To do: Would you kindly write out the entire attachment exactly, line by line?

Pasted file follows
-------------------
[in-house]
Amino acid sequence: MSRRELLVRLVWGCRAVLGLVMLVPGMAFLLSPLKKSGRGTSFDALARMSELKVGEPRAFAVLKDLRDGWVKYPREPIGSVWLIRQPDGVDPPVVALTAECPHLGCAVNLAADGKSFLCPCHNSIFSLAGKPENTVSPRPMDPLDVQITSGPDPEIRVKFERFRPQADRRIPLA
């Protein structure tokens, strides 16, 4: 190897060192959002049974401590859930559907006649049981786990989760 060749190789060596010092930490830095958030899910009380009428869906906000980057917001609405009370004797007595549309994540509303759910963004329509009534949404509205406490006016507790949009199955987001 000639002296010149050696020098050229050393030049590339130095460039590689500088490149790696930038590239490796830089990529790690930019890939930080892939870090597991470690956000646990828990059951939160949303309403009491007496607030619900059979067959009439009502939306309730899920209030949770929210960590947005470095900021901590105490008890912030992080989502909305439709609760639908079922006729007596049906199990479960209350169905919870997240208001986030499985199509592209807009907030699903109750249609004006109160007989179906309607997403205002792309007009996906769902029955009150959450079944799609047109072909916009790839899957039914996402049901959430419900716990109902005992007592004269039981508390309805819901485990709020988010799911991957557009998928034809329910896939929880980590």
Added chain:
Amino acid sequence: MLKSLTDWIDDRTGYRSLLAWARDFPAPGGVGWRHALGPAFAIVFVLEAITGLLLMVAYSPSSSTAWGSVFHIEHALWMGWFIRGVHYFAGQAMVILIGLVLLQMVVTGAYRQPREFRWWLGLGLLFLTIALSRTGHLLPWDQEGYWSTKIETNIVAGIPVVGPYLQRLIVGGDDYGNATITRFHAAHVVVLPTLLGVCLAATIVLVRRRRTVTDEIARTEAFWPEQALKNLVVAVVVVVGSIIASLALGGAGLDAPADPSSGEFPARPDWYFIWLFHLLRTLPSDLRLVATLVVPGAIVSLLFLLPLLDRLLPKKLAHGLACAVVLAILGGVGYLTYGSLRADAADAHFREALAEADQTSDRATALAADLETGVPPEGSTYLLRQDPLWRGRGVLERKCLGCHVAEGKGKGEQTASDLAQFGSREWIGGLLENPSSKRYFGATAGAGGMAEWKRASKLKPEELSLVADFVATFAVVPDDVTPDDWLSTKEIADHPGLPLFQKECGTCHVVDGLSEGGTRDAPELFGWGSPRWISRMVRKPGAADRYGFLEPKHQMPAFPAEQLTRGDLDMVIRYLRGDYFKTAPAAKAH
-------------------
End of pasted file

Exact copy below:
[in-house]
Amino acid sequence: MSRRELLVRLVWGCRAVLGLVMLVPGMAFLLSPLKKSGRGTSFDALARMSELKVGEPRAFAVLKDLRDGWVKYPREPIGSVWLIRQPDGVDPPVVALTAECPHLGCAVNLAADGKSFLCPCHNSIFSLAGKPENTVSPRPMDPLDVQITSGPDPEIRVKFERFRPQADRRIPLA
């Protein structure tokens, strides 16, 4: 190897060192959002049974401590859930559907006649049981786990989760 060749190789060596010092930490830095958030899910009380009428869906906000980057917001609405009370004797007595549309994540509303759910963004329509009534949404509205406490006016507790949009199955987001 000639002296010149050696020098050229050393030049590339130095460039590689500088490149790696930038590239490796830089990529790690930019890939930080892939870090597991470690956000646990828990059951939160949303309403009491007496607030619900059979067959009439009502939306309730899920209030949770929210960590947005470095900021901590105490008890912030992080989502909305439709609760639908079922006729007596049906199990479960209350169905919870997240208001986030499985199509592209807009907030699903109750249609004006109160007989179906309607997403205002792309007009996906769902029955009150959450079944799609047109072909916009790839899957039914996402049901959430419900716990109902005992007592004269039981508390309805819901485990709020988010799911991957557009998928034809329910896939929880980590």
Added chain:
Amino acid sequence: MLKSLTDWIDDRTGYRSLLAWARDFPAPGGVGWRHALGPAFAIVFVLEAITGLLLMVAYSPSSSTAWGSVFHIEHALWMGWFIRGVHYFAGQAMVILIGLVLLQMVVTGAYRQPREFRWWLGLGLLFLTIALSRTGHLLPWDQEGYWSTKIETNIVAGIPVVGPYLQRLIVGGDDYGNATITRFHAAHVVVLPTLLGVCLAATIVLVRRRRTVTDEIARTEAFWPEQALKNLVVAVVVVVGSIIASLALGGAGLDAPADPSSGEFPARPDWYFIWLFHLLRTLPSDLRLVATLVVPGAIVSLLFLLPLLDRLLPKKLAHGLACAVVLAILGGVGYLTYGSLRADAADAHFREALAEADQTSDRATALAADLETGVPPEGSTYLLRQDPLWRGRGVLERKCLGCHVAEGKGKGEQTASDLAQFGSREWIGGLLENPSSKRYFGATAGAGGMAEWKRASKLKPEELSLVADFVATFAVVPDDVTPDDWLSTKEIADHPGLPLFQKECGTCHVVDGLSEGGTRDAPELFGWGSPRWISRMVRKPGAADRYGFLEPKHQMPAFPAEQLTRGDLDMVIRYLRGDYFKTAPAAKAH